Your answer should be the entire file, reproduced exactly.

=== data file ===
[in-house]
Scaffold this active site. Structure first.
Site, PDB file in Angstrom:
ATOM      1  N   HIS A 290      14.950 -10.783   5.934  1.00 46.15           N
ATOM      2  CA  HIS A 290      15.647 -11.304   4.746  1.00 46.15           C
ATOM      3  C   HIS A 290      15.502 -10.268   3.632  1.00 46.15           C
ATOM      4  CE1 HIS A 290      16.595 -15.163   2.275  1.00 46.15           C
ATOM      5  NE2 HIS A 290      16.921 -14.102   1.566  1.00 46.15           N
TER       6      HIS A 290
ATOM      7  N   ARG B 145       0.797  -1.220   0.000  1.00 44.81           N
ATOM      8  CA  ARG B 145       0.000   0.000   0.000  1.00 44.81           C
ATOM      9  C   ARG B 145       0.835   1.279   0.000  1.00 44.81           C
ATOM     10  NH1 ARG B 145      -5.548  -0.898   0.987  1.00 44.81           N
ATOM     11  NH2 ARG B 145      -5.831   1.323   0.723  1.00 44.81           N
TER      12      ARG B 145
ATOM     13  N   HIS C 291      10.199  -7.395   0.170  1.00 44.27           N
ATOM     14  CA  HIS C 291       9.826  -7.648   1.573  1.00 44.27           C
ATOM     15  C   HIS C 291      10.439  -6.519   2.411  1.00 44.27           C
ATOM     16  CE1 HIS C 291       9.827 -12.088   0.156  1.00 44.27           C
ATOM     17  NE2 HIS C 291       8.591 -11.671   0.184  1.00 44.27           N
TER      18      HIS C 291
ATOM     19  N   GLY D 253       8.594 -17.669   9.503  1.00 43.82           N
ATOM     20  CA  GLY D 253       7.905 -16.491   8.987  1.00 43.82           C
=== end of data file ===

[in-house]
Scaffold this active site. Structure first.
Site, PDB file in Angstrom:
ATOM      1  N   HIS A 290      14.950 -10.783   5.934  1.00 46.15           N
ATOM      2  CA  HIS A 290      15.647 -11.304   4.746  1.00 46.15           C
ATOM      3  C   HIS A 290      15.502 -10.268   3.632  1.00 46.15           C
ATOM      4  CE1 HIS A 290      16.595 -15.163   2.275  1.00 46.15           C
ATOM      5  NE2 HIS A 290      16.921 -14.102   1.566  1.00 46.15           N
TER       6      HIS A 290
ATOM      7  N   ARG B 145       0.797  -1.220   0.000  1.00 44.81           N
ATOM      8  CA  ARG B 145       0.000   0.000   0.000  1.00 44.81           C
ATOM      9  C   ARG B 145       0.835   1.279   0.000  1.00 44.81           C
ATOM     10  NH1 ARG B 145      -5.548  -0.898   0.987  1.00 44.81           N
ATOM     11  NH2 ARG B 145      -5.831   1.323   0.723  1.00 44.81           N
TER      12      ARG B 145
ATOM     13  N   HIS C 291      10.199  -7.395   0.170  1.00 44.27           N
ATOM     14  CA  HIS C 291       9.826  -7.648   1.573  1.00 44.27           C
ATOM     15  C   HIS C 291      10.439  -6.519   2.411  1.00 44.27           C
ATOM     16  CE1 HIS C 291       9.827 -12.088   0.156  1.00 44.27           C
ATOM     17  NE2 HIS C 291       8.591 -11.671   0.184  1.00 44.27           N
TER      18      HIS C 291
ATOM     19  N   GLY D 253       8.594 -17.669   9.503  1.00 43.82           N
ATOM     20  CA  GLY D 253       7.905 -16.491   8.987  1.00 43.82           C